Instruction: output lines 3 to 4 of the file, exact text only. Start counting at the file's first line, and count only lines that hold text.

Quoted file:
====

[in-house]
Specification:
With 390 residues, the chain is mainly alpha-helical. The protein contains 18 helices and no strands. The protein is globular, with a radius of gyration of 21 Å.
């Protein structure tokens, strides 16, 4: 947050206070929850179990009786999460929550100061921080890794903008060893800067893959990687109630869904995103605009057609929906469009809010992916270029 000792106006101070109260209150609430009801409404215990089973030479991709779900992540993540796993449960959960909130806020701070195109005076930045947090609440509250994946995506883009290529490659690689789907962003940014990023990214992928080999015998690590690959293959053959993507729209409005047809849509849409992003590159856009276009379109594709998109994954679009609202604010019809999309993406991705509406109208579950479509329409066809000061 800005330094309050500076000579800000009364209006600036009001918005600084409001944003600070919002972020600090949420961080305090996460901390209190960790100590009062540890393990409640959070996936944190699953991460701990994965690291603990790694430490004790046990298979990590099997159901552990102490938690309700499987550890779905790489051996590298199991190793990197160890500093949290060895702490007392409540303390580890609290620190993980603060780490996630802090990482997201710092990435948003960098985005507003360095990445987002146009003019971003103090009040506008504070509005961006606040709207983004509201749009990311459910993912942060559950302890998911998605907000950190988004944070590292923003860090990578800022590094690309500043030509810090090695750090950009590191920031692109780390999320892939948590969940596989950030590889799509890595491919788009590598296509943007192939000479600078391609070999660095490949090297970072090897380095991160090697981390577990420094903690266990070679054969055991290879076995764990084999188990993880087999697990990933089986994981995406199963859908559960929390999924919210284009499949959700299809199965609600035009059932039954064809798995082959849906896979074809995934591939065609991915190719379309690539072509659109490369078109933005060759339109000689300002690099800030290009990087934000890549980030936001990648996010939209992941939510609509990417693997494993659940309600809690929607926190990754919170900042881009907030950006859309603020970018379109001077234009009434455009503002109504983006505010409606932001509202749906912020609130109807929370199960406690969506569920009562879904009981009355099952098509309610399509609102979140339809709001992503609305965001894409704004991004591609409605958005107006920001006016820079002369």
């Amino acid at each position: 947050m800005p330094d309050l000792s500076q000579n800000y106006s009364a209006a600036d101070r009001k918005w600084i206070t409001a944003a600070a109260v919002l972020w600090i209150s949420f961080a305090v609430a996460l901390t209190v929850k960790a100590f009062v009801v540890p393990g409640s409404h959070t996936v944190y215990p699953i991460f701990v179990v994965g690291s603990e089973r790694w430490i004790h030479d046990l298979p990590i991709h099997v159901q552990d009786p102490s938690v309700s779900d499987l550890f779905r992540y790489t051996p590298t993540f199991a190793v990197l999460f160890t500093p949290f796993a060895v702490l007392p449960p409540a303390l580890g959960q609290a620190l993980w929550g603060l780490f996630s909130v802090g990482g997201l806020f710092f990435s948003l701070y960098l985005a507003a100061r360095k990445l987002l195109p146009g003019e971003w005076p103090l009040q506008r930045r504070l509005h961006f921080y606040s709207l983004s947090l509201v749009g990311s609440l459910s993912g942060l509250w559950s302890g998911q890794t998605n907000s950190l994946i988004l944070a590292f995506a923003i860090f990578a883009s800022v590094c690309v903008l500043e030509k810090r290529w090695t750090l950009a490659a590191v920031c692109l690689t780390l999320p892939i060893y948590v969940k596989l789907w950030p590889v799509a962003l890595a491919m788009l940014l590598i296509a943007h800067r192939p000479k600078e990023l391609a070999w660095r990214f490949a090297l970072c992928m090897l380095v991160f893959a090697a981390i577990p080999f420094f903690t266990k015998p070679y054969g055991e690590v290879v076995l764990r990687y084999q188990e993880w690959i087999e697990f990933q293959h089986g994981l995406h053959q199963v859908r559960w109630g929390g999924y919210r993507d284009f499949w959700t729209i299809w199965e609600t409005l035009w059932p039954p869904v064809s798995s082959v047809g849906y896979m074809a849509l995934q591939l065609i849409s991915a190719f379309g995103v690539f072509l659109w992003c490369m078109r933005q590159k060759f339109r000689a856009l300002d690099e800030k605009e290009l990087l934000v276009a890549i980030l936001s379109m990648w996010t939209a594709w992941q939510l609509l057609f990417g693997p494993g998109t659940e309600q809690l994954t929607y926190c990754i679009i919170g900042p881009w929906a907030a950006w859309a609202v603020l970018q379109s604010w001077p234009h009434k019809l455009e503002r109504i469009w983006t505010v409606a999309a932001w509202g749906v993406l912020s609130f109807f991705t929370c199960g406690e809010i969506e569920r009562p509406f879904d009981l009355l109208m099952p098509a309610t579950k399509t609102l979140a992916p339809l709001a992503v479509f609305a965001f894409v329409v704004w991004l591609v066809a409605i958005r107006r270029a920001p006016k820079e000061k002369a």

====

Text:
With 390 residues, the chain is mainly alpha-helical. The protein contains 18 helices and no strands. The protein is globular, with a radius of gyration of 21 Å.
């Protein structure tokens, strides 16, 4: 947050206070929850179990009786999460929550100061921080890794903008060893800067893959990687109630869904995103605009057609929906469009809010992916270029 000792106006101070109260209150609430009801409404215990089973030479991709779900992540993540796993449960959960909130806020701070195109005076930045947090609440509250994946995506883009290529490659690689789907962003940014990023990214992928080999015998690590690959293959053959993507729209409005047809849509849409992003590159856009276009379109594709998109994954679009609202604010019809999309993406991705509406109208579950479509329409066809000061 800005330094309050500076000579800000009364209006600036009001918005600084409001944003600070919002972020600090949420961080305090996460901390209190960790100590009062540890393990409640959070996936944190699953991460701990994965690291603990790694430490004790046990298979990590099997159901552990102490938690309700499987550890779905790489051996590298199991190793990197160890500093949290060895702490007392409540303390580890609290620190993980603060780490996630802090990482997201710092990435948003960098985005507003360095990445987002146009003019971003103090009040506008504070509005961006606040709207983004509201749009990311459910993912942060559950302890998911998605907000950190988004944070590292923003860090990578800022590094690309500043030509810090090695750090950009590191920031692109780390999320892939948590969940596989950030590889799509890595491919788009590598296509943007192939000479600078391609070999660095490949090297970072090897380095991160090697981390577990420094903690266990070679054969055991290879076995764990084999188990993880087999697990990933089986994981995406199963859908559960929390999924919210284009499949959700299809199965609600035009059932039954064809798995082959849906896979074809995934591939065609991915190719379309690539072509659109490369078109933005060759339109000689300002690099800030290009990087934000890549980030936001990648996010939209992941939510609509990417693997494993659940309600809690929607926190990754919170900042881009907030950006859309603020970018379109001077234009009434455009503002109504983006505010409606932001509202749906912020609130109807929370199960406690969506569920009562879904009981009355099952098509309610399509609102979140339809709001992503609305965001894409704004991004591609409605958005107006920001006016820079002369």